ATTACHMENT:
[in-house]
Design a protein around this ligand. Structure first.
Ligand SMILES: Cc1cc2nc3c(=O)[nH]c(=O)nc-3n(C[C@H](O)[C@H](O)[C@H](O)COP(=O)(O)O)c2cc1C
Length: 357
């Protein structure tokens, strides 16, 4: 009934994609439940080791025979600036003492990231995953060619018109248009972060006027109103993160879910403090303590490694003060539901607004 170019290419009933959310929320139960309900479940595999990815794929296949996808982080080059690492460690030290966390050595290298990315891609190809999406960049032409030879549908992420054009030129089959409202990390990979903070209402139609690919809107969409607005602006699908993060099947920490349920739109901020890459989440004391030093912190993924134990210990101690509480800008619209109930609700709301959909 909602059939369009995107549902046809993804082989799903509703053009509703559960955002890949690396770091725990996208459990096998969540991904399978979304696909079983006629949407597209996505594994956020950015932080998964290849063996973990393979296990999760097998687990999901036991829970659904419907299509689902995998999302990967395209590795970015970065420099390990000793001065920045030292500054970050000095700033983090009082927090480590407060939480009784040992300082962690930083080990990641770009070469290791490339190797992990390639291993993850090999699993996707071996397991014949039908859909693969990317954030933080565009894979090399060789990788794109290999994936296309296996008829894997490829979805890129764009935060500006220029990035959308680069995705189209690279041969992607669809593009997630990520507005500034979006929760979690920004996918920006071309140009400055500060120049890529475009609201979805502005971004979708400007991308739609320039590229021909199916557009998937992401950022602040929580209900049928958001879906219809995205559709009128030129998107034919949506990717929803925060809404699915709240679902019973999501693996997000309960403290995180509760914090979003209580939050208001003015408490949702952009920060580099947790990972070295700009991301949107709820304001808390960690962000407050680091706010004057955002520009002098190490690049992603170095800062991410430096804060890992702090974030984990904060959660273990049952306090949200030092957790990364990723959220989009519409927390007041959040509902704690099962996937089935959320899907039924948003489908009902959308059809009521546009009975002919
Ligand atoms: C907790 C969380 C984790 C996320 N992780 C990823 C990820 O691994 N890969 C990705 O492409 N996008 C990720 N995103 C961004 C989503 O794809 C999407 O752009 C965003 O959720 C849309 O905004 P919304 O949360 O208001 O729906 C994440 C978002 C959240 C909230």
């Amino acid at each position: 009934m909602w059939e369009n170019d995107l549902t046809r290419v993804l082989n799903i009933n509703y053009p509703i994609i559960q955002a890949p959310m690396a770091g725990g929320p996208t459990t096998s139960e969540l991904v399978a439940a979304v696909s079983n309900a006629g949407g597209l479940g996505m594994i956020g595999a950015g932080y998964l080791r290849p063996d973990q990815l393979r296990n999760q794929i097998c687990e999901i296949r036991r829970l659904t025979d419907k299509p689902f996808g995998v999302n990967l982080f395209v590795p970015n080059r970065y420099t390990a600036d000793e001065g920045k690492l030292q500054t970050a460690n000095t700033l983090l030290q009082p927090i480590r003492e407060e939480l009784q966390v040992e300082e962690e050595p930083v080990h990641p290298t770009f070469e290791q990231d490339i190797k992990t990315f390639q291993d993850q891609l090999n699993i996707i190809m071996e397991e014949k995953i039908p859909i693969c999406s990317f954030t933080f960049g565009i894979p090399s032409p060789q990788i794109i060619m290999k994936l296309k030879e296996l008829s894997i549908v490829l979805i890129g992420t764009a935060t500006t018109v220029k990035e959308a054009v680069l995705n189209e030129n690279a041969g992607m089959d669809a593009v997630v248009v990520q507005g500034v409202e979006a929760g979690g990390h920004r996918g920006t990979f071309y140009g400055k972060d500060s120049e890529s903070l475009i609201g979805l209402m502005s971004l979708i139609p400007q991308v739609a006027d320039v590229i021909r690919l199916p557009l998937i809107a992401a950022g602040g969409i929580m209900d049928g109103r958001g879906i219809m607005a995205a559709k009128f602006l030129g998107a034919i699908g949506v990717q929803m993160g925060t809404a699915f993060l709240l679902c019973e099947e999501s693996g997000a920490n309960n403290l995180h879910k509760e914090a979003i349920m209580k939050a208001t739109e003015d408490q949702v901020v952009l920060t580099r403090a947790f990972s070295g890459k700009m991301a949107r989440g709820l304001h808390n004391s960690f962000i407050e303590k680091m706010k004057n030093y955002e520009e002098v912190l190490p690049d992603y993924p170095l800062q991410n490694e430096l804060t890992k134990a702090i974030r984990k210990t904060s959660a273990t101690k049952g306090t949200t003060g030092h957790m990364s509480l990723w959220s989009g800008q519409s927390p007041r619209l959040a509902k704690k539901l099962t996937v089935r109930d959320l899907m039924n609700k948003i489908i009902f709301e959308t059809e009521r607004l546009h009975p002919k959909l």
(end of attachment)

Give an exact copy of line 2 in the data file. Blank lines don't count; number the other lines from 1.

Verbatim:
Design a protein around this ligand. Structure first.